Monthly Archives: October 2015

Life is a Learning Process

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I am one of those people. One of those who believes that life is always teaching you something. That everyone you meet comes into your life for a reason, to teach you something about the world, about yourself. Whenever I read an article, a book, a newspaper, watch television, meet new people, visit new places, I learn something new. Some things I seek to learn and others I learn through experience or even by accident.

Reflecting on this few days I can identify many things which I have learned in both my professional and personal life. While I have learned many new things recently, I will focus on a couple:

  • I learned about Violent Threat/Risk Assessment.
This I learned in a formal setting from an experienced and knowledgeable presenter, Theresa Campbell. I attended a two day training session, ERASE Bullying, with colleagues and came away with a wealth of new knowledge. It was thought provoking, informative, intense and was very meaningful for me as a principal, educator and parent.
  • I am in the process of learning how to Sketchnote. Below is a copy of my first attempt:
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The topic, Framework For Decision Making, came from my professional growth plan. As an administrator, I have to make many decisions which often affect many different people. I have been researching different frameworks for decision making and have settled on one which I then decided to depict through a Sketchnote. The learning involved in the act of designing and producing a Sketchnote was Tangential learning which is ” the process by which people will self-educate if a topic is exposed to them in a context that they already enjoy.” Through the building of my PLN, I have been inspired by Sylvia Duckworth to try Sketchnotes and am finding the creative challenge to be interesting and engaging.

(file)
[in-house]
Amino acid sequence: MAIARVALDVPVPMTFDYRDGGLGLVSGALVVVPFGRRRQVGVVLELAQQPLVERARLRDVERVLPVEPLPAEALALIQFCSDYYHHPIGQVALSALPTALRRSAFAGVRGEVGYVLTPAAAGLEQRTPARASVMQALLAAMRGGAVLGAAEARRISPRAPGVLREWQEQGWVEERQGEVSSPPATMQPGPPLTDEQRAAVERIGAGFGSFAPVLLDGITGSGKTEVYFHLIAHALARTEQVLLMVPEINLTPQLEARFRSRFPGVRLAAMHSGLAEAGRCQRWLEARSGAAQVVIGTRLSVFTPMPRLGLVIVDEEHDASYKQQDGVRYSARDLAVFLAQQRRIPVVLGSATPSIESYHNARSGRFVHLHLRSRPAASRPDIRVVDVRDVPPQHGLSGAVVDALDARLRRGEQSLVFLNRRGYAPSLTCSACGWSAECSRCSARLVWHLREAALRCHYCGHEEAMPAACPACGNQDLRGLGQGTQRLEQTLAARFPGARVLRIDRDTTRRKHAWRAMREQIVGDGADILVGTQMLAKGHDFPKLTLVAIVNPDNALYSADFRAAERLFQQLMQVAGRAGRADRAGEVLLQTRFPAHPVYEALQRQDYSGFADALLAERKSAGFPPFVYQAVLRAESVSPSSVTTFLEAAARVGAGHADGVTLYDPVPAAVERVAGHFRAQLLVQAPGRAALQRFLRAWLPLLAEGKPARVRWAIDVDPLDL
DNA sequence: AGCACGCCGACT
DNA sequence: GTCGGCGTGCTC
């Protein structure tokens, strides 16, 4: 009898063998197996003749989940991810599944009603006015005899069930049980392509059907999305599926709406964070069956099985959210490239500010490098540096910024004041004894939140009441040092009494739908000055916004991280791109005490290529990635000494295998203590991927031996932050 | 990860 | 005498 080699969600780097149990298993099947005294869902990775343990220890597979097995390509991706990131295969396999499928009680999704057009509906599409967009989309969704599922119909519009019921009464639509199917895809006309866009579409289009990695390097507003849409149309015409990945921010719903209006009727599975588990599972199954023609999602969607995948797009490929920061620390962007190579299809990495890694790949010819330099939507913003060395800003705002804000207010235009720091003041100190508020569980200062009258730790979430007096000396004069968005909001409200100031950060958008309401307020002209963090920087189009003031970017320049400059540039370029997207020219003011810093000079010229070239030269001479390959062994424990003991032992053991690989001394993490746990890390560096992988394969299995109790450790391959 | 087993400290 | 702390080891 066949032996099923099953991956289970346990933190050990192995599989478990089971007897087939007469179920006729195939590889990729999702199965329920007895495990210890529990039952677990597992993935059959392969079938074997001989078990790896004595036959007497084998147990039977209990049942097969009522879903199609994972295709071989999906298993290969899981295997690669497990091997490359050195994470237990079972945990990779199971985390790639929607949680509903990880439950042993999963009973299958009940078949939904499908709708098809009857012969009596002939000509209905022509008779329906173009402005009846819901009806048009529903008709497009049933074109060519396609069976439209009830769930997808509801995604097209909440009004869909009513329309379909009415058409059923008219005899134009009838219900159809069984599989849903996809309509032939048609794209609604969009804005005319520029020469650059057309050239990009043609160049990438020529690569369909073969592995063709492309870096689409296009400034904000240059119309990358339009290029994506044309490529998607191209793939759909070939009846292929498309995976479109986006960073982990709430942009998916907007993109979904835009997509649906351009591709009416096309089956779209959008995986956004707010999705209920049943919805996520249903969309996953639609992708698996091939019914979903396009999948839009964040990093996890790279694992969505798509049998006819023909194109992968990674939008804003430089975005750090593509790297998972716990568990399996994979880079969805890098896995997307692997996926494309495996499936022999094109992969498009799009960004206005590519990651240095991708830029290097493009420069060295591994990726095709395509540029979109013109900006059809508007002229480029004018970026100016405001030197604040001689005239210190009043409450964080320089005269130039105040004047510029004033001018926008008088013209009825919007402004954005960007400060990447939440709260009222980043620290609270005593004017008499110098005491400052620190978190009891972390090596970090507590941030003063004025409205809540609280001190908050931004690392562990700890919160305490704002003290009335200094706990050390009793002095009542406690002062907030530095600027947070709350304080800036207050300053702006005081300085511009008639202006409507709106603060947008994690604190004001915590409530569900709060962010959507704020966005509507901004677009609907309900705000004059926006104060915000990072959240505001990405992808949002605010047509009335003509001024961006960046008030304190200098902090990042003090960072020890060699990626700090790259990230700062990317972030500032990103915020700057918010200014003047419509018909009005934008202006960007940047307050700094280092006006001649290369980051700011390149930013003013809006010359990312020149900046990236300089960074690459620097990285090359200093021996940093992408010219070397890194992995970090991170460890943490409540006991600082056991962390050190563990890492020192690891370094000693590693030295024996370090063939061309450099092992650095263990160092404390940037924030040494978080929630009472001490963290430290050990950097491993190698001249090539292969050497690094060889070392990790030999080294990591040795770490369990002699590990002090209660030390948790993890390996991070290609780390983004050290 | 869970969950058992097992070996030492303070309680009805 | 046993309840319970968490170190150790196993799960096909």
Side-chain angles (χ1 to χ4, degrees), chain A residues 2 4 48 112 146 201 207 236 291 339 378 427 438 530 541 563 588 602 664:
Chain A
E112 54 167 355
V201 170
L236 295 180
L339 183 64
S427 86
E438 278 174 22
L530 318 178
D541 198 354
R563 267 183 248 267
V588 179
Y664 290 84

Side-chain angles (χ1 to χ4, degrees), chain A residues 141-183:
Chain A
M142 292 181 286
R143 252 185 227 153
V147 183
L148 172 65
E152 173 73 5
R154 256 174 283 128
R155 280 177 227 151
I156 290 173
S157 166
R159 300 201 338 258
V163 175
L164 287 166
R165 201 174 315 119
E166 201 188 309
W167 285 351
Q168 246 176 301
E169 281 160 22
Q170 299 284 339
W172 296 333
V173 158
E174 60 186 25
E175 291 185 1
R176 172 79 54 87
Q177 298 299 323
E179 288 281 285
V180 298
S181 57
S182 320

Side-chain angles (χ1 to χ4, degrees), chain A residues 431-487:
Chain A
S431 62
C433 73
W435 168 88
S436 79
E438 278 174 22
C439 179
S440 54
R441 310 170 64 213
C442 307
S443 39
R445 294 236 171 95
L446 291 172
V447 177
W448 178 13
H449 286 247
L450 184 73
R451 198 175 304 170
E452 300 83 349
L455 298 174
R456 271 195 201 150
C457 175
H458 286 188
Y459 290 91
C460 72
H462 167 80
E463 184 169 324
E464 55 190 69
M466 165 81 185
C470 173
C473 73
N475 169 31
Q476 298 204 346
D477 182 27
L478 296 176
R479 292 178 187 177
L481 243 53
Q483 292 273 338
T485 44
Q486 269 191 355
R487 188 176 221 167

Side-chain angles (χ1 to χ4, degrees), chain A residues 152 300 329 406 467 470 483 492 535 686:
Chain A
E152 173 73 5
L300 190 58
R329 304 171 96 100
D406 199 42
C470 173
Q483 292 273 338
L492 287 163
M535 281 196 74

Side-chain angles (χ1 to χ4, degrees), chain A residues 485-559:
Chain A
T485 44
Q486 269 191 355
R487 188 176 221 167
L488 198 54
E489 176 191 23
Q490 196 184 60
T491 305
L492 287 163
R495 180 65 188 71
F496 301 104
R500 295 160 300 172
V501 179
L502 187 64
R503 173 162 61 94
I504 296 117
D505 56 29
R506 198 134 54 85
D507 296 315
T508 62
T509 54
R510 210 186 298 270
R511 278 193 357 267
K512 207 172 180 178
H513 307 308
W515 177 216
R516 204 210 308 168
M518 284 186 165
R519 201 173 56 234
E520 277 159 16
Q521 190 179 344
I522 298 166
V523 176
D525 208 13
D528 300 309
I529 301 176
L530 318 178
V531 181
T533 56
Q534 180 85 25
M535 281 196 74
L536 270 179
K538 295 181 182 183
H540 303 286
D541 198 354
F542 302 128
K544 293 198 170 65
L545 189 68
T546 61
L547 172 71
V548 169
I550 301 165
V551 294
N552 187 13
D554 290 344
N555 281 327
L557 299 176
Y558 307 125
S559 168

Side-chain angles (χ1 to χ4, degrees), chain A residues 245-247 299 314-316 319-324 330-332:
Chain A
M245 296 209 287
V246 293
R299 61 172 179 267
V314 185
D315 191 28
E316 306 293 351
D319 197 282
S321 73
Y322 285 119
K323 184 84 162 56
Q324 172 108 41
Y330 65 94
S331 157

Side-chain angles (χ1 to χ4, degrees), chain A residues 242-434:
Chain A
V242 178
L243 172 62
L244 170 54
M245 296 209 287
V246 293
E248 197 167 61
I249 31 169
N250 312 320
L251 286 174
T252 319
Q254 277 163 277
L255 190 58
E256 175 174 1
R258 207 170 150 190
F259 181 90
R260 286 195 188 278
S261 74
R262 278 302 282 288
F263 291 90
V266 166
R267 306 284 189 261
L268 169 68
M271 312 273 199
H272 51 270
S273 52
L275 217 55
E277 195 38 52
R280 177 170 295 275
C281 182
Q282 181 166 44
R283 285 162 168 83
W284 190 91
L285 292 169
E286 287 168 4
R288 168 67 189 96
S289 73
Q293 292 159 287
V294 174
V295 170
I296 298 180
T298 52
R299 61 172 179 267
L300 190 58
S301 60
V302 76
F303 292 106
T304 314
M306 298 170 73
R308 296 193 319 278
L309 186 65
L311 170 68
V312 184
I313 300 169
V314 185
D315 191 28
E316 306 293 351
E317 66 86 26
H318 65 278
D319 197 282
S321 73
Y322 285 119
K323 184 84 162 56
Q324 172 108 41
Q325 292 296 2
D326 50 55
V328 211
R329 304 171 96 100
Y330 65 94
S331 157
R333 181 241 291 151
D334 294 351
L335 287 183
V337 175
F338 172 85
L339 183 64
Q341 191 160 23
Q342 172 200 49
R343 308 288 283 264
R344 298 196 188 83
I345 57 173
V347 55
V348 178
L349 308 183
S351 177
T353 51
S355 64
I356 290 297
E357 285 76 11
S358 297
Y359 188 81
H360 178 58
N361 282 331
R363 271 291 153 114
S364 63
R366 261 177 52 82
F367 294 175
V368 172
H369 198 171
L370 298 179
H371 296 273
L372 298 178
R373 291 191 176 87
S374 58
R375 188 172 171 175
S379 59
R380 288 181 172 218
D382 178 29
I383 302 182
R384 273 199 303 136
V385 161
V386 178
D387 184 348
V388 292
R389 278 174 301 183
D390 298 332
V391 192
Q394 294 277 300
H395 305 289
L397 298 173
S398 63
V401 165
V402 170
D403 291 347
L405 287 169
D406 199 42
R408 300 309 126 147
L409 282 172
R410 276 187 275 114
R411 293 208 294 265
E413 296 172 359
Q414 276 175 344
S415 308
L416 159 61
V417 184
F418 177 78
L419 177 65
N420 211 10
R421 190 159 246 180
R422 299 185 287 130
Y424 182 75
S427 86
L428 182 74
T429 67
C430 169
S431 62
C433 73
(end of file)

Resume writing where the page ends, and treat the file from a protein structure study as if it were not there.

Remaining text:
• I learned how to use Google Slides

After attending the ERASE Bullying Training session I decided that I would like to share what I have learned with my colleagues who did not attend. Though I am familiar with PowerPoint and Prezi, I thought this would be a good opportunity for me to learn about Google Slides so I took some time this weekend to prepare a Google Slides presentation.

Each day we learn something new and if you take the time to reflect at the end of your day you will be able to recognize the value in these lessons. They don’t have to be big, life altering lessons, believe me, some days I look back and wish I had not learned a thing. After all, not all lessons are pleasant, some can be painful. But either way, we learn. All of our lessons come together to form the person that we are.. and will be.

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Solidarity vs. Solitary

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Solitary: existing without others, going it alone.

Solidarity: mutual support within a group.

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As educators, we have to be careful that we don’t become solitary. At times, we can find ourselves going to work, avoiding the staffroom, going into our classrooms and closing the door to the outside. After all, we went into education for the students and not for the interactions with other educators. Our classrooms become our second home. We have all had an experience where a student sees us outside of school and appears shocked and surprised that we actually have a life outside of the school. (Those people in our lives who know us well though, know that sometimes that is not too far from the truth!)